You can read my comprehensive look back here: http://www.planetskaro.org.uk/forums...-of-a-Fan-2008
    ooh... That looks very comprehensive. I'll feast on that later.

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    That was a great thread, Si. It doesn't seem anywhere near 3 years since that last post...I could have sworn it was much more recent than that...early last year, perhaps!


    Sometimes it's really scary where the time seems to disappear to...

    No time just now, but I'll get back to Wayne's comments ASAP

    Great post btw Wayne, it brings back memories of my own! To tell the truth, both looking back at what I/we grew up with and comparing it to what kids in later decades had in comparison, no matter how much they may deride the poor special effects etc of our era nowadays, I don't think I'd swap it for anything even if I had the opportunity. Maybe things were made better in later years but a lot of the fun and imagination which made things special disappeared in the process.

    Much of what kids have today looks great but lacks soul. But of course that's looking at things from an adults perspective...it would be interesting to see modern day kids thoughts on their childhood (recounted from 40 years in the future) find their way through a timewarp to see what their future selves actually think...
    Last edited by MacNimon; 13th Dec 2013 at 8:31 PM.

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    Quote Originally Posted by MacNimon View Post
    That was a great thread, Si. It doesn't seem anywhere near 3 years since that last post...I could have sworn it was much more recent than that...early last year, perhaps!
    Indeed. I've only read up to 1981, but even though my childhood isn't contemporaneous with yours Si, I nevertheless really enjoy reading people's personal reminiscences of the unique program that we all share in, in our different ways.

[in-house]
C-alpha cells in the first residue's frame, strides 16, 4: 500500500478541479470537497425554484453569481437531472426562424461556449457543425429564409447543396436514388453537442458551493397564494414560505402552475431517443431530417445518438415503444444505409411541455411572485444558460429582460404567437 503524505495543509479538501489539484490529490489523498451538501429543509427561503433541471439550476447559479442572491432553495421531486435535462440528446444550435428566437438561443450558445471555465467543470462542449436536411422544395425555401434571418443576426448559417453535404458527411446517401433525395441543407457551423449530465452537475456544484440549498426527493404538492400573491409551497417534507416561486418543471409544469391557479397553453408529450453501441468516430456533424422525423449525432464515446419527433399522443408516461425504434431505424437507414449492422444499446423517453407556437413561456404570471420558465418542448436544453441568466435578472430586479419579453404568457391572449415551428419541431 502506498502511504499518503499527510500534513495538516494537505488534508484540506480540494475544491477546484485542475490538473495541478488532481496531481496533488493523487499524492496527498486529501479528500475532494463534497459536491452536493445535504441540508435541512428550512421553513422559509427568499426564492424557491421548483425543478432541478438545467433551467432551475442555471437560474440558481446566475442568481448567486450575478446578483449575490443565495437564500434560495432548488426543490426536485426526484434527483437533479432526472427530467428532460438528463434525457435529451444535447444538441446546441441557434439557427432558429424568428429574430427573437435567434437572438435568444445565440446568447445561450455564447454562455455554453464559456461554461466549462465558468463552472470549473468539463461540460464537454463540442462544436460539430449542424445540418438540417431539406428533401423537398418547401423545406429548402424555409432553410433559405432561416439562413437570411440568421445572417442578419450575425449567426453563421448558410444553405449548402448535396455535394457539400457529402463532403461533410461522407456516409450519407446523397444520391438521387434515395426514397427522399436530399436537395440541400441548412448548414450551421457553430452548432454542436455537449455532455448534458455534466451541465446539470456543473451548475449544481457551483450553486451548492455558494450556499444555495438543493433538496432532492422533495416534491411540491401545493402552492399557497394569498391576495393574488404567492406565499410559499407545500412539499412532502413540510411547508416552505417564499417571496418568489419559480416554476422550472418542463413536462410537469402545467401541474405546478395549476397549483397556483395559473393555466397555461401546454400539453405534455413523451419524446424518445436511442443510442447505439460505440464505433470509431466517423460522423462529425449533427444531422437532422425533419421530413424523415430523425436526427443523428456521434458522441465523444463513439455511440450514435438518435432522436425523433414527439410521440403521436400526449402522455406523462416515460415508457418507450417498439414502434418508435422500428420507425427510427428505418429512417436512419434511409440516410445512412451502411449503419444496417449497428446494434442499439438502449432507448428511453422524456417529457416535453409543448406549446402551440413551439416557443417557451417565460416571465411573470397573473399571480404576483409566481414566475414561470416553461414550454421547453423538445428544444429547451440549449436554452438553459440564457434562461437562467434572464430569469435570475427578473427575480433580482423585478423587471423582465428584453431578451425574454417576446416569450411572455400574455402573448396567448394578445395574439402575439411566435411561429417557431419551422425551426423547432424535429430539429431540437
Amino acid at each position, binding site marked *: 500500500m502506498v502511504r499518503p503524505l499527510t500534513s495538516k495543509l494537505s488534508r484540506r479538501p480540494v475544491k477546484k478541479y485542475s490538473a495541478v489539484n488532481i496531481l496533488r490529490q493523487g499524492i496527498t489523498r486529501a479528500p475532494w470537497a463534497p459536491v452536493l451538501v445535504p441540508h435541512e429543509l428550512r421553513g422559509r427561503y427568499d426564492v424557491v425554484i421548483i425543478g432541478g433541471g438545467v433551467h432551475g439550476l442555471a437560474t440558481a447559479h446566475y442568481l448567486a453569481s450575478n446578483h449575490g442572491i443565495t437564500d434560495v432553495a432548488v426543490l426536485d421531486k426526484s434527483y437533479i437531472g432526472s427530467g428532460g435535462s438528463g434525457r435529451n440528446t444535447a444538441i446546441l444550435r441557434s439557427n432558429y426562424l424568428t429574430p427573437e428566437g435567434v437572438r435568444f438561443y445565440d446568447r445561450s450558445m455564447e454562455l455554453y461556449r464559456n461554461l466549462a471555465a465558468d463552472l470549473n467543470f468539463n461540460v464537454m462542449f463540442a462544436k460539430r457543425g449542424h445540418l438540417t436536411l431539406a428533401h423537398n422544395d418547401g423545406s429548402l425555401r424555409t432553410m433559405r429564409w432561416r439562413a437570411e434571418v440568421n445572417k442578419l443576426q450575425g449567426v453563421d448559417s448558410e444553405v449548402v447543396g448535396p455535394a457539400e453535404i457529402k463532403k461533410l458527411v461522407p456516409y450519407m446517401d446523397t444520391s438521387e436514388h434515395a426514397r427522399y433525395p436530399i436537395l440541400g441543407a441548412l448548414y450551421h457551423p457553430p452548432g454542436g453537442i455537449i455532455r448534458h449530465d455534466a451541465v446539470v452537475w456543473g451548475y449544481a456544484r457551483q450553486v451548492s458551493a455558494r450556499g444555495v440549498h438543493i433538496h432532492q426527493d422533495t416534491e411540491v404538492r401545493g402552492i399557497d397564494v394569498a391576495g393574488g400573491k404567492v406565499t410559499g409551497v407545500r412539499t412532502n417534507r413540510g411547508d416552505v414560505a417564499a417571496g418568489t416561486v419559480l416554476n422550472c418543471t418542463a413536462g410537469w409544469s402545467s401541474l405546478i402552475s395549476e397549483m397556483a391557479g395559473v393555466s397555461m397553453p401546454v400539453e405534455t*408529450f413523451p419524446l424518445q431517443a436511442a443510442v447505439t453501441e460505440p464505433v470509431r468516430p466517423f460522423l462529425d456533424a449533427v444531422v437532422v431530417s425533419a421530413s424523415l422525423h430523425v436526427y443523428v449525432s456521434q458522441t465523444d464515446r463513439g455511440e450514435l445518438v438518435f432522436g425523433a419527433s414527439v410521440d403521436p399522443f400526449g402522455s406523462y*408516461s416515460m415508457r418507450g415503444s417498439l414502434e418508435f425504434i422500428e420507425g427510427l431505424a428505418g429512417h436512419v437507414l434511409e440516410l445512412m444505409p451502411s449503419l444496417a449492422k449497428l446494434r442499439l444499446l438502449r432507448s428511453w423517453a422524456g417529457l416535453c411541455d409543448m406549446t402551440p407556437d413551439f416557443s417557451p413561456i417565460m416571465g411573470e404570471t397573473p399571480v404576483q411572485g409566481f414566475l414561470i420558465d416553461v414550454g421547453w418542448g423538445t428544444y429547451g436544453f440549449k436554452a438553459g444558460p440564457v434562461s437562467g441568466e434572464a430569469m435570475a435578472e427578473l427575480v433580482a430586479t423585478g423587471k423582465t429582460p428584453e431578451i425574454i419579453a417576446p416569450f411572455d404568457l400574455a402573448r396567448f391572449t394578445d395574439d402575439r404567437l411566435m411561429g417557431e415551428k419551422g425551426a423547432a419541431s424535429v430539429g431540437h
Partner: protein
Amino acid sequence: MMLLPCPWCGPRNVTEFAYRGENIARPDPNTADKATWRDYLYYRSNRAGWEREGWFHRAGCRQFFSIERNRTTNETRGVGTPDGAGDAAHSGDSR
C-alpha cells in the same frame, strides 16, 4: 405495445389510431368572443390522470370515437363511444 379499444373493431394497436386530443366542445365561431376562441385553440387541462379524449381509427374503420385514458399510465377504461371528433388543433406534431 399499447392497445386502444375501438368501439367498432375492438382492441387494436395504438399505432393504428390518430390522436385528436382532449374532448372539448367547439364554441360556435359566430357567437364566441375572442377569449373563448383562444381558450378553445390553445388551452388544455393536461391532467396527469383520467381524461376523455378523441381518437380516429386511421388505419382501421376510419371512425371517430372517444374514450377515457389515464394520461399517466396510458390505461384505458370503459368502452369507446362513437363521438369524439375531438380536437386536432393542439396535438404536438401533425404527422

I'm one of those who doesn't like S17 much, but it's not really 'fan received wisdom' on my part. You could say I just grew out of it 2 years too early.

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    I've really enjoyed reading those posts Wayne, they in some ways mirror my own love for Who - watching it at a very early age, before thinking that I'd grown out of it by the time I'd suddenly discovered girls (though Colin Baker really didn't help matters!), but then rediscovering the show and falling back in love with it.

    Apparently I watched Who from the grand old age of one week old onwards. Sadly my father died two months before I was born, but he was a huge fan and loved it to pieces, so my Mum wanted me to like it as well. So even though I never met him, he's responsible for something I'm truly passionate about, which I find oddly heartwarming.
    "RIP Henchman No.24."

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    Quote Originally Posted by SiHart View Post
    You can read my comprehensive look back here: http://www.planetskaro.org.uk/forums...-of-a-Fan-2008
    Wow ... which is now technically 5 years out of date! ;-)

    You ought to update it - I really remember enjoying that, and some bits really moved me.
    Remember, just because Davros is dead doesn't mean the Dalek menace has been contained ......

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    Quote Originally Posted by Alex View Post
    I've really enjoyed reading those posts Wayne, they in some ways mirror my own love for Who - watching it at a very early age, before thinking that I'd grown out of it by the time I'd suddenly discovered girls (though Colin Baker really didn't help matters!), but then rediscovering the show and falling back in love with it.

    Apparently I watched Who from the grand old age of one week old onwards. Sadly my father died two months before I was born, but he was a huge fan and loved it to pieces, so my Mum wanted me to like it as well. So even though I never met him, he's responsible for something I'm truly passionate about, which I find oddly heartwarming.
    Thanks Alex, glad you enjoyed reading!

    And I find that about your Dad heartwarming too.